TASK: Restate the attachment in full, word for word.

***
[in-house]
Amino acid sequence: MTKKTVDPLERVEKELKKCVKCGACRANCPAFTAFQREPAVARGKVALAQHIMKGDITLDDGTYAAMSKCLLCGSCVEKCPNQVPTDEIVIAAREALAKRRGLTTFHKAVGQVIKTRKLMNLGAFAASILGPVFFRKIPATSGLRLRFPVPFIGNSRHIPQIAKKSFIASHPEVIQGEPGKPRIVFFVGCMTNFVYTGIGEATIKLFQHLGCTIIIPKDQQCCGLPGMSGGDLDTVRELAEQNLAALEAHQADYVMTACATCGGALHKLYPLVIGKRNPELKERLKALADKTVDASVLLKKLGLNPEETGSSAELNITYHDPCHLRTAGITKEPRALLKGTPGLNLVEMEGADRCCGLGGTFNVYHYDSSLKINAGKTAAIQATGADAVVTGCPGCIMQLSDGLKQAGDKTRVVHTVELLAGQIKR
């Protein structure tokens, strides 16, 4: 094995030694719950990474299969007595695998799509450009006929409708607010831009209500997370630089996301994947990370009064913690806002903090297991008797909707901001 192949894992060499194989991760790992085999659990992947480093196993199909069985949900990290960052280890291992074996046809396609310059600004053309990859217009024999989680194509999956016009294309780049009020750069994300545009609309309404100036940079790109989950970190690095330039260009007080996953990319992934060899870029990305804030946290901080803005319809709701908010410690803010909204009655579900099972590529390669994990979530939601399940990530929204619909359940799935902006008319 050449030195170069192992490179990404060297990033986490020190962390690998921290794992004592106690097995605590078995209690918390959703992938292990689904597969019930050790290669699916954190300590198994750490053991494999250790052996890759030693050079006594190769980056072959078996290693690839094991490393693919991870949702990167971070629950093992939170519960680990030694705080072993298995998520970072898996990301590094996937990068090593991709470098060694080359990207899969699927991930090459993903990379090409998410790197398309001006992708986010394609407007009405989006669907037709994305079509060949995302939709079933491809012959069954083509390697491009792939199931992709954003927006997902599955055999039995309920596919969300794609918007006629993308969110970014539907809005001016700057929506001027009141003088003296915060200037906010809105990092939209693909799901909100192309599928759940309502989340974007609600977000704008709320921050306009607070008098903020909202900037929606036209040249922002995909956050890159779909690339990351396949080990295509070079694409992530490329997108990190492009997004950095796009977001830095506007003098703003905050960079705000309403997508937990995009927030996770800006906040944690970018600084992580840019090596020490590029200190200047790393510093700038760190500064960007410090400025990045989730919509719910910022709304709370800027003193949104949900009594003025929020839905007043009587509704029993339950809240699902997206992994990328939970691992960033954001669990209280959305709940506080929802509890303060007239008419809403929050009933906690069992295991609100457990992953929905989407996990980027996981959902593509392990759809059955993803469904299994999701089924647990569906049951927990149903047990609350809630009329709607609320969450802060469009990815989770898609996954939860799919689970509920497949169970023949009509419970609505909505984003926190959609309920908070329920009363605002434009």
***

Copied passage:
[in-house]
Amino acid sequence: MTKKTVDPLERVEKELKKCVKCGACRANCPAFTAFQREPAVARGKVALAQHIMKGDITLDDGTYAAMSKCLLCGSCVEKCPNQVPTDEIVIAAREALAKRRGLTTFHKAVGQVIKTRKLMNLGAFAASILGPVFFRKIPATSGLRLRFPVPFIGNSRHIPQIAKKSFIASHPEVIQGEPGKPRIVFFVGCMTNFVYTGIGEATIKLFQHLGCTIIIPKDQQCCGLPGMSGGDLDTVRELAEQNLAALEAHQADYVMTACATCGGALHKLYPLVIGKRNPELKERLKALADKTVDASVLLKKLGLNPEETGSSAELNITYHDPCHLRTAGITKEPRALLKGTPGLNLVEMEGADRCCGLGGTFNVYHYDSSLKINAGKTAAIQATGADAVVTGCPGCIMQLSDGLKQAGDKTRVVHTVELLAGQIKR
């Protein structure tokens, strides 16, 4: 094995030694719950990474299969007595695998799509450009006929409708607010831009209500997370630089996301994947990370009064913690806002903090297991008797909707901001 192949894992060499194989991760790992085999659990992947480093196993199909069985949900990290960052280890291992074996046809396609310059600004053309990859217009024999989680194509999956016009294309780049009020750069994300545009609309309404100036940079790109989950970190690095330039260009007080996953990319992934060899870029990305804030946290901080803005319809709701908010410690803010909204009655579900099972590529390669994990979530939601399940990530929204619909359940799935902006008319 050449030195170069192992490179990404060297990033986490020190962390690998921290794992004592106690097995605590078995209690918390959703992938292990689904597969019930050790290669699916954190300590198994750490053991494999250790052996890759030693050079006594190769980056072959078996290693690839094991490393693919991870949702990167971070629950093992939170519960680990030694705080072993298995998520970072898996990301590094996937990068090593991709470098060694080359990207899969699927991930090459993903990379090409998410790197398309001006992708986010394609407007009405989006669907037709994305079509060949995302939709079933491809012959069954083509390697491009792939199931992709954003927006997902599955055999039995309920596919969300794609918007006629993308969110970014539907809005001016700057929506001027009141003088003296915060200037906010809105990092939209693909799901909100192309599928759940309502989340974007609600977000704008709320921050306009607070008098903020909202900037929606036209040249922002995909956050890159779909690339990351396949080990295509070079694409992530490329997108990190492009997004950095796009977001830095506007003098703003905050960079705000309403997508937990995009927030996770800006906040944690970018600084992580840019090596020490590029200190200047790393510093700038760190500064960007410090400025990045989730919509719910910022709304709370800027003193949104949900009594003025929020839905007043009587509704029993339950809240699902997206992994990328939970691992960033954001669990209280959305709940506080929802509890303060007239008419809403929050009933906690069992295991609100457990992953929905989407996990980027996981959902593509392990759809059955993803469904299994999701089924647990569906049951927990149903047990609350809630009329709607609320969450802060469009990815989770898609996954939860799919689970509920497949169970023949009509419970609505909505984003926190959609309920908070329920009363605002434009």